I then charged it all the way back to 100% and plugged my kitchen refrigerator in to see how long it will last. When the compressor wasn’t on my fridge was only drawing 10 or 25 watts but when the compressor kicked on it jumped to 119w which at that rate would last about 4 hours. The Dawad GoWatts 700 power station was exactly what I wanted in case of another power outage since it can handle my refrigerator and as long as I don’t open it too much to reduce the compressor kicking in the GoWatts 700 will at least give me a day or so peace of mind in the event of another power outage.

If you want more power then a 2000 watt power station like the Vanpowers Super Power Pro power station might be a better option. For me I wanted something compact and light enough for camping or doing some light construction projects away from a reliable electrical source to recharge power tool batteries and as a little backup in case of another power outage so the Dawad GoWatts 700 power station fits the bill nicely.

What I like

  • Compact and light compared to similar capacity power stations
  • Accurate power usage
  • Simple but info packed LCD screen
  • No discernible power drain when not in use

What I’d change

  • Nothing

Final thoughts

The Dawad GoWatts 700 portable power station is the perfect solution for powering devices off the grid or as an emergency backup at home during a power outage. The 700 volt/ 1000 watt max output can handle most household appliances and sensitive electronics. When paired with solar panels the Dawad GoWatts 700 can give you a sustainable power source for quite a while when off grid. The Dawad GoWatts 700 gets two Gadgeteer thumbs up from me.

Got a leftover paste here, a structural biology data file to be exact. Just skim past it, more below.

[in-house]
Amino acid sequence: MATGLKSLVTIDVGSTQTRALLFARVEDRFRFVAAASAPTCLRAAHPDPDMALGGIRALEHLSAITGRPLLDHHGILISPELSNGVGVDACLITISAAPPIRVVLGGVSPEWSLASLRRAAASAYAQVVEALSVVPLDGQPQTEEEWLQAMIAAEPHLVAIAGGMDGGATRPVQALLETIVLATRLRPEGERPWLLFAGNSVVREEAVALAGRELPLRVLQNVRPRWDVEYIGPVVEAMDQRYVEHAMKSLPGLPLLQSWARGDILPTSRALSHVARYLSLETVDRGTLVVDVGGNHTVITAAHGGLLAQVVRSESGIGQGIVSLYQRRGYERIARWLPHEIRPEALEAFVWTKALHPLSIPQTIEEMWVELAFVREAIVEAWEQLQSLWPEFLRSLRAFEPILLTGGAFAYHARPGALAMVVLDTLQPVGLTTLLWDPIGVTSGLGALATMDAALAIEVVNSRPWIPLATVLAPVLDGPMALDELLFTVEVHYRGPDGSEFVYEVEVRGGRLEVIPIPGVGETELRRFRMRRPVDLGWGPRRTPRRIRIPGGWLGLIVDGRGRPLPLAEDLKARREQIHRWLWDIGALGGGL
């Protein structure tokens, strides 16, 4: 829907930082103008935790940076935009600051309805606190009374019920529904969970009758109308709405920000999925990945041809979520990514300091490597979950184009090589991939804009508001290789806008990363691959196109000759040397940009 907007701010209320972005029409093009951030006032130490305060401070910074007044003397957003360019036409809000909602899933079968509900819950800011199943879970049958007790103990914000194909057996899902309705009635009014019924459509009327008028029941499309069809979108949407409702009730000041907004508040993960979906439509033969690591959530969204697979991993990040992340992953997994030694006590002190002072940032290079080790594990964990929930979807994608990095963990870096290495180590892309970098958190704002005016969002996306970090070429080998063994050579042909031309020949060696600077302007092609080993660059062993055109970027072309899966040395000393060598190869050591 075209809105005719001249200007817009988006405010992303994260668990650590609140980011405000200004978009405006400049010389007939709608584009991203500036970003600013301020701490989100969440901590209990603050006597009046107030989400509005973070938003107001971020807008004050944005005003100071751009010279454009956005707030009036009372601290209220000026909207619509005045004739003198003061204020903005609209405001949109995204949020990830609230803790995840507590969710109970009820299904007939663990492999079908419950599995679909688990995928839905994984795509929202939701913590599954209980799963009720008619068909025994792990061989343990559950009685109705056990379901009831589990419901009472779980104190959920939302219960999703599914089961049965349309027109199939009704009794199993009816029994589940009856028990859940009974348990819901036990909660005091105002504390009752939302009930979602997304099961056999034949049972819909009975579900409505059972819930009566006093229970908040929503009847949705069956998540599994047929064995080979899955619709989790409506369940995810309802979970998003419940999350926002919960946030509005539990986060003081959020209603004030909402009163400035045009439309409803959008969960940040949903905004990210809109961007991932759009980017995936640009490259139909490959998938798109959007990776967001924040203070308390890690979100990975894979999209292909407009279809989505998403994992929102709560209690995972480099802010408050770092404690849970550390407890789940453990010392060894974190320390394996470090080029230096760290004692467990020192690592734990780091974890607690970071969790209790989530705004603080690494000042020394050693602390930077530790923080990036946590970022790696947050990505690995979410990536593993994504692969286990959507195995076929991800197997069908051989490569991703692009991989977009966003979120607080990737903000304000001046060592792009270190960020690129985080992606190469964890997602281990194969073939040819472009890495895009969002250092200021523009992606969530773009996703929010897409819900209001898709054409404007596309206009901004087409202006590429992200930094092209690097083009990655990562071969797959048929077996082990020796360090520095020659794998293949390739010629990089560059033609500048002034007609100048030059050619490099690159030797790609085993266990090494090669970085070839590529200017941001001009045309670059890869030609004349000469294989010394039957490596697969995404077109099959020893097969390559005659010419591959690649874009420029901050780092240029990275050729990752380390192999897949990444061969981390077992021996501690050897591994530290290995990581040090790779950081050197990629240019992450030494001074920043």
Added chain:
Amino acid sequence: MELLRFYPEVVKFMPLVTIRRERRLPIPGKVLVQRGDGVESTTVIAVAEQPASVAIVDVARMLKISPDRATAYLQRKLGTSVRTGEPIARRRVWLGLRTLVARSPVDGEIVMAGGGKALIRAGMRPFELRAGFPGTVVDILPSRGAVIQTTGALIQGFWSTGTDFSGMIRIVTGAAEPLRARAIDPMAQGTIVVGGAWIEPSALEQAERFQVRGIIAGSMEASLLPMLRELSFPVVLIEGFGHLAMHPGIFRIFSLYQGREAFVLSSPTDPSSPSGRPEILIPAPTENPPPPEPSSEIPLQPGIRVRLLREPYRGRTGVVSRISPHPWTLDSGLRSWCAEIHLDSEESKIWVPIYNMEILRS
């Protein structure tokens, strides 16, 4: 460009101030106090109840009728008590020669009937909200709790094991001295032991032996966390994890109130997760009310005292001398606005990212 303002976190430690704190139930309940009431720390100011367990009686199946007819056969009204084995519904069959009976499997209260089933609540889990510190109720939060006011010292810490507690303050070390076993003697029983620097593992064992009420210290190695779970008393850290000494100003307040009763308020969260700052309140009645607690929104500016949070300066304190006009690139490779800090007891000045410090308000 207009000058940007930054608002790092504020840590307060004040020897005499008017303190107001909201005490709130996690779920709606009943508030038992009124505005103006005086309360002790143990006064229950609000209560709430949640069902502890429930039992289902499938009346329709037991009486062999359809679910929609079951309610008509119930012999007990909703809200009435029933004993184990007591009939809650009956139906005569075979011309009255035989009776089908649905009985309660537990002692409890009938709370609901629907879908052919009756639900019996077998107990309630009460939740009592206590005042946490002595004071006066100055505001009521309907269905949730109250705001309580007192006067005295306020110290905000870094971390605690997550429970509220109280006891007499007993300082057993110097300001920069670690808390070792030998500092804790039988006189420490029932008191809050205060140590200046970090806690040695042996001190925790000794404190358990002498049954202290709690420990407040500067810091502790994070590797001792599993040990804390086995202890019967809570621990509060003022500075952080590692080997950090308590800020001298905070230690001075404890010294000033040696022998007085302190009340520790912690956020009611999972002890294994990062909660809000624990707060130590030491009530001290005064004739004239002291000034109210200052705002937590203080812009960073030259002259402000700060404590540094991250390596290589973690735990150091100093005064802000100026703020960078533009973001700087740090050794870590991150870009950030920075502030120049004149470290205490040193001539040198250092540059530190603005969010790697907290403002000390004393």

Price: $529.00
Where to buy: Dawad website
Source: The sample for this review was provided by Dawad.

1 thought on “Dawad GoWatts 700 portable power station review – perfectly portable power”




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  2. you made an interesting observation of piggybacking a cordless tool system onto a power station’s output

    a large corded tool (table saws, compressors, etc.)will quickly deplete most mid size power stations which have a fairly long recharge window

    away from home, i bring a bag of charged batteries and the tools i need

    if i exhaust the load of batteries i recharge them from an inverter in whatever vehicle i’m using or bring along a small gasoline generator…a power station of this capacity appears to eliminate the need for either the inverter or generator